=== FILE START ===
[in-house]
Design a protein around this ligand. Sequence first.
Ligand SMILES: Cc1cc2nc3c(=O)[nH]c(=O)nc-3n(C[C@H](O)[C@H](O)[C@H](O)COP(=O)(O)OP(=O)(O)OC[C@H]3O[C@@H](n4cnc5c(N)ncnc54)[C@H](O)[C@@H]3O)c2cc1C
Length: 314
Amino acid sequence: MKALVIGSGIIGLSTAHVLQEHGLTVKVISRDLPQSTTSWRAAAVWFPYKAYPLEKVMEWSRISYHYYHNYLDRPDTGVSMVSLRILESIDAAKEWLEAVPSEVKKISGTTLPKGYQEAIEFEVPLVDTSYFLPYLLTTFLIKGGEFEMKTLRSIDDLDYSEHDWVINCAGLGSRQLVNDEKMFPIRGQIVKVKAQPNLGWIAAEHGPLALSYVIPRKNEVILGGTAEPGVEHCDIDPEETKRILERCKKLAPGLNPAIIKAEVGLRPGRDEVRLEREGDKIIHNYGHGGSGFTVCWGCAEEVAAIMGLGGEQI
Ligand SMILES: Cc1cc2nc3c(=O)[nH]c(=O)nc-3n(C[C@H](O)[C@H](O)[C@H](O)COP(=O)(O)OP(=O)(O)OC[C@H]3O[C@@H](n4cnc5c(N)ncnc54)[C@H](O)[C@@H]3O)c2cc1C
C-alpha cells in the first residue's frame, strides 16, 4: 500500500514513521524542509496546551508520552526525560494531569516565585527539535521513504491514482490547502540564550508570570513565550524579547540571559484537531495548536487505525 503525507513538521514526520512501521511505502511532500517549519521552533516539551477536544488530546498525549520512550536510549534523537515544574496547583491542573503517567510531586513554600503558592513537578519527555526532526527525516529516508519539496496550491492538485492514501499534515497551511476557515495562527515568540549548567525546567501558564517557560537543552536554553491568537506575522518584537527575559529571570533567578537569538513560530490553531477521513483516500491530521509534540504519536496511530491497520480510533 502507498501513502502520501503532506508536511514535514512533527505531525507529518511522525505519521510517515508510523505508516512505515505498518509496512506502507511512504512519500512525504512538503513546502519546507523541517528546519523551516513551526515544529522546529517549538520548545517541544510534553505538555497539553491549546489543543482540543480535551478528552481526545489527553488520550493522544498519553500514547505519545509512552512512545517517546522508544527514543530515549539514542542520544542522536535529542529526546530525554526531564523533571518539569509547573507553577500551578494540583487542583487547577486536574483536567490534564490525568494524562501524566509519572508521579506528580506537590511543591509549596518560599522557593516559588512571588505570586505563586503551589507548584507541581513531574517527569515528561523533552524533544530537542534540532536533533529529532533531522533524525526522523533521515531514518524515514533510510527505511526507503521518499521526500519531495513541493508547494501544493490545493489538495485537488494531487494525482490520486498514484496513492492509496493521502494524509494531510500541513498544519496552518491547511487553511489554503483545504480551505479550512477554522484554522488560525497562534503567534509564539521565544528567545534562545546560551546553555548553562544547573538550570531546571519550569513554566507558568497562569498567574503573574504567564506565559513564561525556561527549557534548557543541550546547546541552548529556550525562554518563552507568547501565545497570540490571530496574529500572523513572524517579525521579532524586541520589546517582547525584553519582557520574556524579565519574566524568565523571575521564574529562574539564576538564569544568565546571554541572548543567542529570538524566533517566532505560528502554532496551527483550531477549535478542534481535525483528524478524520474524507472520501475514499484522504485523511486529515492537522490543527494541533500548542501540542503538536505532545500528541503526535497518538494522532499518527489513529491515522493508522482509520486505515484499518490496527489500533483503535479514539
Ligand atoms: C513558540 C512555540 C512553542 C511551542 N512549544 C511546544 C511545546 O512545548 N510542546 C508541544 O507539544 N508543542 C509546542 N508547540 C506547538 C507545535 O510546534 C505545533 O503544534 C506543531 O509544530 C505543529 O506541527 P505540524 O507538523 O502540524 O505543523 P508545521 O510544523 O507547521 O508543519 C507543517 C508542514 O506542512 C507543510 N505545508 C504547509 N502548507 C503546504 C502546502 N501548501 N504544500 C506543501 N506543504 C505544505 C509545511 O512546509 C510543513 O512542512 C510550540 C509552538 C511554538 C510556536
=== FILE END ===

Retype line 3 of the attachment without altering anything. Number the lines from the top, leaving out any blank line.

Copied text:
Ligand SMILES: Cc1cc2nc3c(=O)[nH]c(=O)nc-3n(C[C@H](O)[C@H](O)[C@H](O)COP(=O)(O)OP(=O)(O)OC[C@H]3O[C@@H](n4cnc5c(N)ncnc54)[C@H](O)[C@@H]3O)c2cc1C